I was standing at a scenic overlook near Sedona, Arizona, soaking in the beauty of the immense red-rock formations against a cerulean sky. Birds sang in the trees all around, and the rush of Oak Creek sounded far below. Where there were occasional breaks in the dense foliage I could make out the figures of a couple of fly fisherman wading in the creek, whipping their lines gently over the rippling water. The stream sparkled in the sunlight.

A couple who looked to be in their 30s stood nearby, watching the scene as they leaned against the hood of their SUV. Inside the vehicle I could see a young boy slumped in the backseat. He appeared to be looking down at his lap, or asleep.

On second glance, however, I could see a light reflecting the child’s face, and I realized he was either watching the screen of a handheld electronic device. Perhaps he was playing a game or texting on a cellphone. While I chatted with his parents about the beautiful day and their journey – they were en route to the Grand Canyon for a weekend trip from Phoenix – the boy never looked up.

The scene reminded me of the phrase “nature-deficit syndrome” coined by Richard Louv in his 2005 book “The Last Child in the Woods.” According to Louv, there is a growing body of research that reveals the importance of contact with nature for healthy child development and adult well-being. Louv cites the increasing divide between the young, in particular, and the natural world in the digital age.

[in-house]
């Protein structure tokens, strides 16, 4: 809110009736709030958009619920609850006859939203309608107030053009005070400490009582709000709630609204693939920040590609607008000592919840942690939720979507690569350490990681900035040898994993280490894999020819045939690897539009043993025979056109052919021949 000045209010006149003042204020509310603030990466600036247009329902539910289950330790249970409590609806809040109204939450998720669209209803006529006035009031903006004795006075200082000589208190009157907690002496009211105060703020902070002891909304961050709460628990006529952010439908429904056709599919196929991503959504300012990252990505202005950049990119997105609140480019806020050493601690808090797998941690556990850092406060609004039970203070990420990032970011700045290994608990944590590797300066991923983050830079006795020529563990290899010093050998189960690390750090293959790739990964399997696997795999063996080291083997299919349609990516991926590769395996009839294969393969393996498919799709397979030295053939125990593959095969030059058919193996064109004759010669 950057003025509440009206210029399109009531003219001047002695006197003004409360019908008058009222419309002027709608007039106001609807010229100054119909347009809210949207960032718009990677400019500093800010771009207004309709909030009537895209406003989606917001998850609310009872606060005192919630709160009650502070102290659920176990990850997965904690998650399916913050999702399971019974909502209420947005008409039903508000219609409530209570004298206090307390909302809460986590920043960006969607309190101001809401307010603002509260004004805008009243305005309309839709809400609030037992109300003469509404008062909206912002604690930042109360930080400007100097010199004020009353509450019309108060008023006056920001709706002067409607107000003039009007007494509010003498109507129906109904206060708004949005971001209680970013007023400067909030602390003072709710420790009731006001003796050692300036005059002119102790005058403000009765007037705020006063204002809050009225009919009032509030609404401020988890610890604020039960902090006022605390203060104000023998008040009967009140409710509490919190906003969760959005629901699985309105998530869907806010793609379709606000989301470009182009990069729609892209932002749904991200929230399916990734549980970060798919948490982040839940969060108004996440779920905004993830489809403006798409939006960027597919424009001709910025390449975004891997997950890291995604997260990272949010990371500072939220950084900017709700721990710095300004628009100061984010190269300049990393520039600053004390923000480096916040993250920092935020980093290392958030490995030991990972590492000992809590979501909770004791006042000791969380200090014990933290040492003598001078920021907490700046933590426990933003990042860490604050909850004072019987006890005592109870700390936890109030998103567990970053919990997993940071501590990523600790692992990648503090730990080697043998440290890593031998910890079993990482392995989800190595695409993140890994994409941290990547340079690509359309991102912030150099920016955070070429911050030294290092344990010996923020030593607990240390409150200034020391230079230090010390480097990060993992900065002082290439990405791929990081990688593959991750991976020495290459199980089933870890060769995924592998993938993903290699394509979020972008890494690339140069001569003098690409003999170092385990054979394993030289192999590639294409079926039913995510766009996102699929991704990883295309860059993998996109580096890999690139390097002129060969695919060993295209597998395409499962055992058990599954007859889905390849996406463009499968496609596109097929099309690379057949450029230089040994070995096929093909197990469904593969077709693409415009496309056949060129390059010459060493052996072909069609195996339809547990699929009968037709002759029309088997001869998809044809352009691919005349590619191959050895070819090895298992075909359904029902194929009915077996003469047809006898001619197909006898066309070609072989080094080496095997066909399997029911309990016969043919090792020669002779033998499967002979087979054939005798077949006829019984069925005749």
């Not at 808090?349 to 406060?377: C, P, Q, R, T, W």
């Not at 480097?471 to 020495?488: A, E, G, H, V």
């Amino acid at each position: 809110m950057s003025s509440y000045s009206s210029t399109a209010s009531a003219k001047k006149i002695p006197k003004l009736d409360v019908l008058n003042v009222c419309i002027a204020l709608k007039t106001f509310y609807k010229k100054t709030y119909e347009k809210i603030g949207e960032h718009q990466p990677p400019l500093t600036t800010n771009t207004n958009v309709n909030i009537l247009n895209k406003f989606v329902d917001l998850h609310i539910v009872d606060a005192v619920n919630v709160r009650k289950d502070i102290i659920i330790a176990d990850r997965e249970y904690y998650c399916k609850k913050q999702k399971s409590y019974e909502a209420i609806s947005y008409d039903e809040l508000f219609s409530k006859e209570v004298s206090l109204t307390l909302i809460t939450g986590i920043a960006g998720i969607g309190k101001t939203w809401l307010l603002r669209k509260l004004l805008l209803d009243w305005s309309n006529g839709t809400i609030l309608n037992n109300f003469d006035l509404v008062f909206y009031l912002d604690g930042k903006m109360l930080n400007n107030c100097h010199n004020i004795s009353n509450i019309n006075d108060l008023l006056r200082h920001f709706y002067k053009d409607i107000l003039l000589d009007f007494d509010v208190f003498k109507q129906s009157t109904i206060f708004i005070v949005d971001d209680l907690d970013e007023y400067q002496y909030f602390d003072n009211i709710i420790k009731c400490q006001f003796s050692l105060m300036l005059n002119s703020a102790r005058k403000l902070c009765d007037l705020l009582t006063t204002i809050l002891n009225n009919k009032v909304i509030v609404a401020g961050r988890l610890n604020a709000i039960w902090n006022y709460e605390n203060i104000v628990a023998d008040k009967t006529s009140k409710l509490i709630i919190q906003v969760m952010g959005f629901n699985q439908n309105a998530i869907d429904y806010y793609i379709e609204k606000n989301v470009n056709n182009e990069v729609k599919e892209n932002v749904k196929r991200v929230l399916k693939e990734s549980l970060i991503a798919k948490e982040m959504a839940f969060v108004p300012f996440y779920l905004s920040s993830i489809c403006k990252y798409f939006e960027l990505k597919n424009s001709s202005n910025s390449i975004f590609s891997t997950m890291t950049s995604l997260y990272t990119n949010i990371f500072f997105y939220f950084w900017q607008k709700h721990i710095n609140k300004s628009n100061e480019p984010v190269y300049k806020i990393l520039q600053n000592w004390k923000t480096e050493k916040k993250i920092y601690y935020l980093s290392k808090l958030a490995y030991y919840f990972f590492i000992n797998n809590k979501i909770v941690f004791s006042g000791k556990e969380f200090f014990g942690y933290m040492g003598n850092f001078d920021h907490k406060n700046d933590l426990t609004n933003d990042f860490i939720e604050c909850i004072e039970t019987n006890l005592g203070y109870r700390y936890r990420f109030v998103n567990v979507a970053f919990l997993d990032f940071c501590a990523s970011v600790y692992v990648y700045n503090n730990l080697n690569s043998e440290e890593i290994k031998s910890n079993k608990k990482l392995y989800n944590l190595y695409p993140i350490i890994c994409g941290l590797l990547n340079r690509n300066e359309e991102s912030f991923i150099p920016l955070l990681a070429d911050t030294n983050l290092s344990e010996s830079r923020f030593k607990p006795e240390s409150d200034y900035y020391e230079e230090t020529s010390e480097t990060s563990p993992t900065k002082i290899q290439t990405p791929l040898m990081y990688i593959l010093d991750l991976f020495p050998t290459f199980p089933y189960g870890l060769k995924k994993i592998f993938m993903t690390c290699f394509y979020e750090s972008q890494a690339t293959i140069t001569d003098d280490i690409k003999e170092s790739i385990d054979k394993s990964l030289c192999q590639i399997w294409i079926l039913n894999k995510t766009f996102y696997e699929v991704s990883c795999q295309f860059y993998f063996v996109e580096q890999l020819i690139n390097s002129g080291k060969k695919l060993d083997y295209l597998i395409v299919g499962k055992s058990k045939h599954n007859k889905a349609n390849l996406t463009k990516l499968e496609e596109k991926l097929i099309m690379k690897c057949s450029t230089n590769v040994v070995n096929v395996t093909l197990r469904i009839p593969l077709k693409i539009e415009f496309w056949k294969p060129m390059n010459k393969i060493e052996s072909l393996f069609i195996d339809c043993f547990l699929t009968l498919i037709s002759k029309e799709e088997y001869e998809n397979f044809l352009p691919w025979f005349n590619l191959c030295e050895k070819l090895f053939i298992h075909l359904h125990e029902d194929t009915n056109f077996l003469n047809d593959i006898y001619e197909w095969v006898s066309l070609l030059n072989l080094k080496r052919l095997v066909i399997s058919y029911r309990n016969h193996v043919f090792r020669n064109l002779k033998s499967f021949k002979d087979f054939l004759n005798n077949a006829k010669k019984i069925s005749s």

Many factors encourage this divide, including the tendency of modern parents to want to protect their children from the world, which we perceive as being increasingly hostile and dangerous to children.

How sad. I recall my own childhood, free of the ubiquitous gadgetry of today’s world and the eternally hovering attention of adults. I lived in the city, but was lucky enough to have wonderful places nearby with woods and streams to explore. Back then, we could stray out of sight of adult supervision without creating immediate panic. Yea, there were risks, to be sure … but those days spent wandering in nature created beautiful memories that I treasure to this day.

Children can read about nature in books, and get some amazing glimpses through The Discovery Channel and Animal Planet. But I believe we need to get down on the forest floor to understand the astounding complexity of survival – worlds within worlds where animals and plants struggle to live their busy lives under our feet. And we need to lie on the grass and gaze at passing clouds, feeling small and insignificant and yet part of something truly grand.

Such experiences are essential nourishment for the human spirit, just as a healthful and varied diet is nourishment for our bodies. We need both to become the healthy, strong and balanced human beings we are meant to be in this world.

What are your childhood memories of time spent in the natural world?

Read More: Louv, Richard The Last Child in the Woods